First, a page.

Overcoming fear of new technologies as taboo has always been a challenge. From the onset of telephonic conferences, rejected as impersonal, to video conferences rejected as intrusive, the taboo of having any electronic device in a classroom or meeting, all these taboos have been overcome and can now be looked back upon as the fear of change that slowed networking progress. 3D environments is the current taboo that professionals face in all fields that require networking and collaboration.

Mobile technology and social media are the current most active trends. 3D environments are quickly catching on, from virtual worlds to the development of walk in 3D web pages. The use of 3D environments are proving to increase engagement with the ability to learn and collaborate in meeting spaces. It is becoming common place to see layered meetings, even with face to face interaction, combined with distance communication and participants, live streaming, recording, gamification within the presentations, and multiple levels of interaction with links, slide shows, and even independent exploration of all of these options inside virtual environments.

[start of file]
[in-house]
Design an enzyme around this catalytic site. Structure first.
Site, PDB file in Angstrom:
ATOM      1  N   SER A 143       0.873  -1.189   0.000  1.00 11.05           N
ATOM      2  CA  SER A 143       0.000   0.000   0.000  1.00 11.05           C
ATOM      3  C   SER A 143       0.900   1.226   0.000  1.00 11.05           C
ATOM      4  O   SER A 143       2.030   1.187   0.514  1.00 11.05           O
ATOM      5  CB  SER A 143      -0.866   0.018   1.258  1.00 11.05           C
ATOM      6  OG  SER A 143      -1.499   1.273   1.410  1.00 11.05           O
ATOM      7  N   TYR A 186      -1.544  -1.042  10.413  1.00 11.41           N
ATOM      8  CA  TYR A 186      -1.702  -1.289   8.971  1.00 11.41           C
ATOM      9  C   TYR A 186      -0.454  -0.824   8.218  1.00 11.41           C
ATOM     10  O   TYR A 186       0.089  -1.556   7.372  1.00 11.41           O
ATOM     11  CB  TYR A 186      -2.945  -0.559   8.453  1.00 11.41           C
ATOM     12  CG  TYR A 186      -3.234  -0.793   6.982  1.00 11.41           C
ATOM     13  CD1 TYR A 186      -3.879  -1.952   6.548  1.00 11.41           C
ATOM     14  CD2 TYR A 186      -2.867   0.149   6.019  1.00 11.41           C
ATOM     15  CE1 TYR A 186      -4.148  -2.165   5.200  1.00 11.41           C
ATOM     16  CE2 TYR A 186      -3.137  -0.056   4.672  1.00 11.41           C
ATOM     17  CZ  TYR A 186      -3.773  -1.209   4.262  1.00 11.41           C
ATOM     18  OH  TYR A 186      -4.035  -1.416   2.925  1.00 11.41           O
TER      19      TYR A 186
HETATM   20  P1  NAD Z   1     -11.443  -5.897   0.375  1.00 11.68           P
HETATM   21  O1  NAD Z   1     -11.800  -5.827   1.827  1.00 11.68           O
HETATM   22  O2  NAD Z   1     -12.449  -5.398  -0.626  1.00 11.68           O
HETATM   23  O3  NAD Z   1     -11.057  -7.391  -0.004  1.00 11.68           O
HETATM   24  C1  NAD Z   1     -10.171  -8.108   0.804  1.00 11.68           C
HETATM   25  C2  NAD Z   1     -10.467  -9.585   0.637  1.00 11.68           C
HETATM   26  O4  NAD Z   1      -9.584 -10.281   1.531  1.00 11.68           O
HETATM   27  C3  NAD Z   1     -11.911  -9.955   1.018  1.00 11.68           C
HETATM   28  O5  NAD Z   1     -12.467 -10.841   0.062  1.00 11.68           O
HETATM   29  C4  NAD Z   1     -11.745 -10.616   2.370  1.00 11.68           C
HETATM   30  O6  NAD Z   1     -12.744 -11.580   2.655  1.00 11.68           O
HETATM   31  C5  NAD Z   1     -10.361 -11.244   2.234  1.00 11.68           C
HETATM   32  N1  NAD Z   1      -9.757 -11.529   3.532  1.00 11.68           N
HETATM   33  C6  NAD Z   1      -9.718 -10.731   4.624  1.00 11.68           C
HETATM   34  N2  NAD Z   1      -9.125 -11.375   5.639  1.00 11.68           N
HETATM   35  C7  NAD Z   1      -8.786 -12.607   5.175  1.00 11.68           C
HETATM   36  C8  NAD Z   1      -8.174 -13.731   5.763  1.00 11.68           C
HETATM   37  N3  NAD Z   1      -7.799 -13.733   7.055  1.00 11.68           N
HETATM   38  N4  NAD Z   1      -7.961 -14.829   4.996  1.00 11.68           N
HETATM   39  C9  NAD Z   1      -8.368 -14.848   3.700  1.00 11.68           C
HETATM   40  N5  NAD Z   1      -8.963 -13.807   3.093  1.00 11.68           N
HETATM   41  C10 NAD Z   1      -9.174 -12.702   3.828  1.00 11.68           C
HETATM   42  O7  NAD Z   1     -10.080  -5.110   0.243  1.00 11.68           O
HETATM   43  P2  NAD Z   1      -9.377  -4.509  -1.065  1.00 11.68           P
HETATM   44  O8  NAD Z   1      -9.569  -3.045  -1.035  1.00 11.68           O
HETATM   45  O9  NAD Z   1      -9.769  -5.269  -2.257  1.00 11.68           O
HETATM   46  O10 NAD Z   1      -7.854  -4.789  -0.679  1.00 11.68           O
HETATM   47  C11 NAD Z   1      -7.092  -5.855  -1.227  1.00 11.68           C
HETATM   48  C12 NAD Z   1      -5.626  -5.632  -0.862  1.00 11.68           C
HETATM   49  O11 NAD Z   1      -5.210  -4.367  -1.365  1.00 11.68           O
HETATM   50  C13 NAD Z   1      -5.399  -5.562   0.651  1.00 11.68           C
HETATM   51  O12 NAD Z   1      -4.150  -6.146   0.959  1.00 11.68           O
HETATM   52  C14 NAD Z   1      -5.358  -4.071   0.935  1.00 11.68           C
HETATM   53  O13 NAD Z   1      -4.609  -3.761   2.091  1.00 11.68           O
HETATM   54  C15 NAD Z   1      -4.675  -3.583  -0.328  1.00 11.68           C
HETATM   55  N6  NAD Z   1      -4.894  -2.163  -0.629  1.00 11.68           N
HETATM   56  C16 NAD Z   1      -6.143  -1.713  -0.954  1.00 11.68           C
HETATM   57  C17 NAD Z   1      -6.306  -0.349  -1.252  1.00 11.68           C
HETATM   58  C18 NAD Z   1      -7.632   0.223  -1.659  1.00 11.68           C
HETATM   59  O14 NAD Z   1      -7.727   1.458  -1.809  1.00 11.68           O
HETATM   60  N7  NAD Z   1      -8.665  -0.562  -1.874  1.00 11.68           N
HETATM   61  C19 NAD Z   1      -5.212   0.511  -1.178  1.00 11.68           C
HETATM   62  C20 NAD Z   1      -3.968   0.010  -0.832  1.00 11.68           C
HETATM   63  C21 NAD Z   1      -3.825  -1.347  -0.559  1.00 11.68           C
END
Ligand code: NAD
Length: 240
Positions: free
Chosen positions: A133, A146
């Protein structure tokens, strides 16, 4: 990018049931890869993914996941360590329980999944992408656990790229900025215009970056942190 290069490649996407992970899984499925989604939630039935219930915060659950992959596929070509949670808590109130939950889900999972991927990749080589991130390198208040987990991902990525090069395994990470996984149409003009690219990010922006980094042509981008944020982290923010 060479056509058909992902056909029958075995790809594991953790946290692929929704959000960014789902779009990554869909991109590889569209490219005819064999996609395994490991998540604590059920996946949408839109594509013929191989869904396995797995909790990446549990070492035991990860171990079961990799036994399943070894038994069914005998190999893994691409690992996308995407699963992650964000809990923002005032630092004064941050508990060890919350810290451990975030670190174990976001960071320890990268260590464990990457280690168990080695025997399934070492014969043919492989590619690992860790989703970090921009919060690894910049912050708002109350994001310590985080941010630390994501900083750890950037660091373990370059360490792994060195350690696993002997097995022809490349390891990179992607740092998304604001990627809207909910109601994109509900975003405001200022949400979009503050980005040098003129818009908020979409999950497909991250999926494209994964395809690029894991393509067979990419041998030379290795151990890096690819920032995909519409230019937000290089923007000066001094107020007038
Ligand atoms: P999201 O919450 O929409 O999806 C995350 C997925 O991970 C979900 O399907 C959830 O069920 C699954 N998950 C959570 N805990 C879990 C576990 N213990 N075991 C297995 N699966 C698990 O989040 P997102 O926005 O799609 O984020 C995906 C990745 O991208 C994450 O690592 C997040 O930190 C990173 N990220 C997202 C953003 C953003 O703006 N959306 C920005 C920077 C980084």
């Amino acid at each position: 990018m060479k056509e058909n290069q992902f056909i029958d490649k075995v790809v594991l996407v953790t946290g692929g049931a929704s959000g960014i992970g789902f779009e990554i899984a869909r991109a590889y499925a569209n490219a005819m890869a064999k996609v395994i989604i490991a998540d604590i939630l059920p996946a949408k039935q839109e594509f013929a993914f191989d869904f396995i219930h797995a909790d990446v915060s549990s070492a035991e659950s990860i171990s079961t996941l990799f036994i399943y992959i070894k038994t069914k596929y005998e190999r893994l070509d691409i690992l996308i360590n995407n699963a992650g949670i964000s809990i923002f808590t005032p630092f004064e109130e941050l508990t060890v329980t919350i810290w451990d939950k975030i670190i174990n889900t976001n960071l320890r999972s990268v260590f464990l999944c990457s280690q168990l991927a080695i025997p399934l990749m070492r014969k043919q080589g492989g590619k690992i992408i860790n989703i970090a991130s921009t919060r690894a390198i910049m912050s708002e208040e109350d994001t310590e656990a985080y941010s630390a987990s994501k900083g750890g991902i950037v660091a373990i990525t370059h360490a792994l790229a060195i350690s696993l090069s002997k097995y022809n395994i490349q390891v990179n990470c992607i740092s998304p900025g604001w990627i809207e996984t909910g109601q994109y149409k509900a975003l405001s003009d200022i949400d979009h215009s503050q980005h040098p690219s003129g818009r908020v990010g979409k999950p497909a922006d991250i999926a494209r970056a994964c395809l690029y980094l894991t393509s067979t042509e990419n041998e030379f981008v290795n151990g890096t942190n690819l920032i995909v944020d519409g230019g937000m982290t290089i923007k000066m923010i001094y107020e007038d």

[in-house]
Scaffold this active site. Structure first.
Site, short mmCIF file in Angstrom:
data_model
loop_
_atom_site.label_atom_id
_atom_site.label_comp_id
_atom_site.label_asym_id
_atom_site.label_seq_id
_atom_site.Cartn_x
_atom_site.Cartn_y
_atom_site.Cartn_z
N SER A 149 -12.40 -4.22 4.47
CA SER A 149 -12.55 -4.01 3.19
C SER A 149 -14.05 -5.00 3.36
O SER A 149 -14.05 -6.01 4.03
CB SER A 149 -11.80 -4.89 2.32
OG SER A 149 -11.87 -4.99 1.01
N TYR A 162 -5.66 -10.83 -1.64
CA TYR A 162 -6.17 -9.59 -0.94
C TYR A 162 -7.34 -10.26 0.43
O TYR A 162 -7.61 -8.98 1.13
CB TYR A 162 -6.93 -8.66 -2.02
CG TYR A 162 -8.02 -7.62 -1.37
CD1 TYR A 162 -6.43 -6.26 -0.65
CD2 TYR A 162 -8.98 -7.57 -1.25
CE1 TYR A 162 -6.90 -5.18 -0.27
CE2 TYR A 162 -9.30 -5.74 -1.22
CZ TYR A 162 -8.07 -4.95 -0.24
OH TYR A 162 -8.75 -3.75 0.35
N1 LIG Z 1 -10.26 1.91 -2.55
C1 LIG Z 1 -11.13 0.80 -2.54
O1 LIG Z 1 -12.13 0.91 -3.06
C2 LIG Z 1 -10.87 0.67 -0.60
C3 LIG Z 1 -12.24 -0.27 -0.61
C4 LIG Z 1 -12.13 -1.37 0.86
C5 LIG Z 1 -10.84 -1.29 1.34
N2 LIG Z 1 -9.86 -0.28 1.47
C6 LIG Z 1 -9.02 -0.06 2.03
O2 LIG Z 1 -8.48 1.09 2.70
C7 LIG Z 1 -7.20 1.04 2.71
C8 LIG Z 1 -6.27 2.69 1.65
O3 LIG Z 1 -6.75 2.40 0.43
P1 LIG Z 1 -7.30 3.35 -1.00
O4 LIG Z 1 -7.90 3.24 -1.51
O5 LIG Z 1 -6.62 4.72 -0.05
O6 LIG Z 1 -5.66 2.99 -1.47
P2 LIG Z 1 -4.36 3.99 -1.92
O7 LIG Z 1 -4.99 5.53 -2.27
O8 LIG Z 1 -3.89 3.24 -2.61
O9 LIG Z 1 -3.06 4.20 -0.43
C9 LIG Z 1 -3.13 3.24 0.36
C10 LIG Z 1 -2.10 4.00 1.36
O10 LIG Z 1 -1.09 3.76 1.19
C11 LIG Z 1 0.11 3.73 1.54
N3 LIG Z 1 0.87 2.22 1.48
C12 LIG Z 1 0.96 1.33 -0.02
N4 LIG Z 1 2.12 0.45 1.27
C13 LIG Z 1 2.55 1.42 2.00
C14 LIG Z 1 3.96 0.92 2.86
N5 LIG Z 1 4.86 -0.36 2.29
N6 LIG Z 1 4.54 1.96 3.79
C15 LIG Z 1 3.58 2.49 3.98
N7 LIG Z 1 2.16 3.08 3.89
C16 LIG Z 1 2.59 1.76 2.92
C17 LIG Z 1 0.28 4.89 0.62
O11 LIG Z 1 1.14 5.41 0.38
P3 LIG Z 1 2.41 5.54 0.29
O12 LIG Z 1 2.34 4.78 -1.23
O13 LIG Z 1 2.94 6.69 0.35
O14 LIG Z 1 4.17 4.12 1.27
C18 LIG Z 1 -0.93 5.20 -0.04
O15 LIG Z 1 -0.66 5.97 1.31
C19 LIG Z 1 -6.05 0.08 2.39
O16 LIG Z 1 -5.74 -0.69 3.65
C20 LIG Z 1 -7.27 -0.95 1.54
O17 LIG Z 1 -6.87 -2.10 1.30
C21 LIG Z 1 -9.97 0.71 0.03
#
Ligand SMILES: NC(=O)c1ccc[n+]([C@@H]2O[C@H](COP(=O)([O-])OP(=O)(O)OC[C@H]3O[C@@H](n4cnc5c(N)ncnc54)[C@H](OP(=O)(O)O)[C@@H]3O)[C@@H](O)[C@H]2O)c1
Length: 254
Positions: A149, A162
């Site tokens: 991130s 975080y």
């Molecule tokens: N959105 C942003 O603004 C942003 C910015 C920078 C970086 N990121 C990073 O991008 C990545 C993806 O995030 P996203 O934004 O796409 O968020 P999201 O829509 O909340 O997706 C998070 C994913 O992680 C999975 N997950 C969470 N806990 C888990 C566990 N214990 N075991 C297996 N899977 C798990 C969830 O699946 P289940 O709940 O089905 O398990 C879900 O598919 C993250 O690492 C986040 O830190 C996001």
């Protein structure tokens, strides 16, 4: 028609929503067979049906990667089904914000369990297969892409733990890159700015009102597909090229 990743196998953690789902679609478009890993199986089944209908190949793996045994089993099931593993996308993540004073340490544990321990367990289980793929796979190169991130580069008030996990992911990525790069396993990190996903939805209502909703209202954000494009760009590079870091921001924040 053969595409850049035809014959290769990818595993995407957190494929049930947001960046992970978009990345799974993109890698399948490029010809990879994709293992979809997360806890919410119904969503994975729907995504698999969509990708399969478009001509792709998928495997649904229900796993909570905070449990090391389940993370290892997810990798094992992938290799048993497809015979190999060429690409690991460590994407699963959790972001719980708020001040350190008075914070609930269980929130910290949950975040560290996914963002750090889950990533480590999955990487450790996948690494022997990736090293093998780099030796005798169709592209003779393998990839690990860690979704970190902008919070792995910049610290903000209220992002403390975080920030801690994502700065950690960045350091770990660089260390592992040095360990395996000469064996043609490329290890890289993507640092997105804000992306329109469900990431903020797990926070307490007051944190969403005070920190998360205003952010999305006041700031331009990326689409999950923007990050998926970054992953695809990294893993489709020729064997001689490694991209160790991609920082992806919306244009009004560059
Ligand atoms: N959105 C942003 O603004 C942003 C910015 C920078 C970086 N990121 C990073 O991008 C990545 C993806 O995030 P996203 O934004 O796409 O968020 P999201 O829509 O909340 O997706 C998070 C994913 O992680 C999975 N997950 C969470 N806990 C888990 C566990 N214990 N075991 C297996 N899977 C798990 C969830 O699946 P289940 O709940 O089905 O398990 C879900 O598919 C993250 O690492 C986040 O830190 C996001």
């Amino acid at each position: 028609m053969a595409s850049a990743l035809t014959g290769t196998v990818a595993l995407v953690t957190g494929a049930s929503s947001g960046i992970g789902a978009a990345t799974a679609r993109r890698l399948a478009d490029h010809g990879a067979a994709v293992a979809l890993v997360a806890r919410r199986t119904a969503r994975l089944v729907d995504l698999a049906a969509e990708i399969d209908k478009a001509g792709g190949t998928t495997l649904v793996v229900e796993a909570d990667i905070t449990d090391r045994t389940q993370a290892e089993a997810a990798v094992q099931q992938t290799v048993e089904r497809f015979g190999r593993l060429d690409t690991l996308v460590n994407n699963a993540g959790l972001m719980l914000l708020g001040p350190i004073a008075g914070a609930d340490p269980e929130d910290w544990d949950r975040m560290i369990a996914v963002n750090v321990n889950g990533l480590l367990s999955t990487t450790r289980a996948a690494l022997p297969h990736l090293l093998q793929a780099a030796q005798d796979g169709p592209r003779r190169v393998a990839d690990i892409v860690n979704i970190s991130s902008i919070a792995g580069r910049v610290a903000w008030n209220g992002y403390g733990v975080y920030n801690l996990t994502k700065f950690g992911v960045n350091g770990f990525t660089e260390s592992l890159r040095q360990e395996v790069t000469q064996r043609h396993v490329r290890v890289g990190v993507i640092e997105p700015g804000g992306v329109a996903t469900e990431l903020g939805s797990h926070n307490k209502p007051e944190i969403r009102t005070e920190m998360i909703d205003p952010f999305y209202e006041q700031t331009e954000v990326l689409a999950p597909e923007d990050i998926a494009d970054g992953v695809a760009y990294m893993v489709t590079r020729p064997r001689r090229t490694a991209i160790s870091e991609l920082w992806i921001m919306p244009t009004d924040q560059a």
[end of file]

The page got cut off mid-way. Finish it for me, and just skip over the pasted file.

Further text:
Virtual meeting technology is efficient and cost effective. It eliminates travel, saves time, reduces expenditures, and increases convenience for the participant. It is also more environmentally friendly and quickly being adopted in the business fields, even as an alternative to the brick and mortar work space for all of the reasons mentioned above.

Companies have virtual employees using adobe rooms, Skype, Zoom, messenger, virtual networks and remote desktops because it is cost effective and convenient on a global scale. Colleges are needing to help students embrace virtual technology not only as a social and educational venue, but in career preparation in order to encourage future success.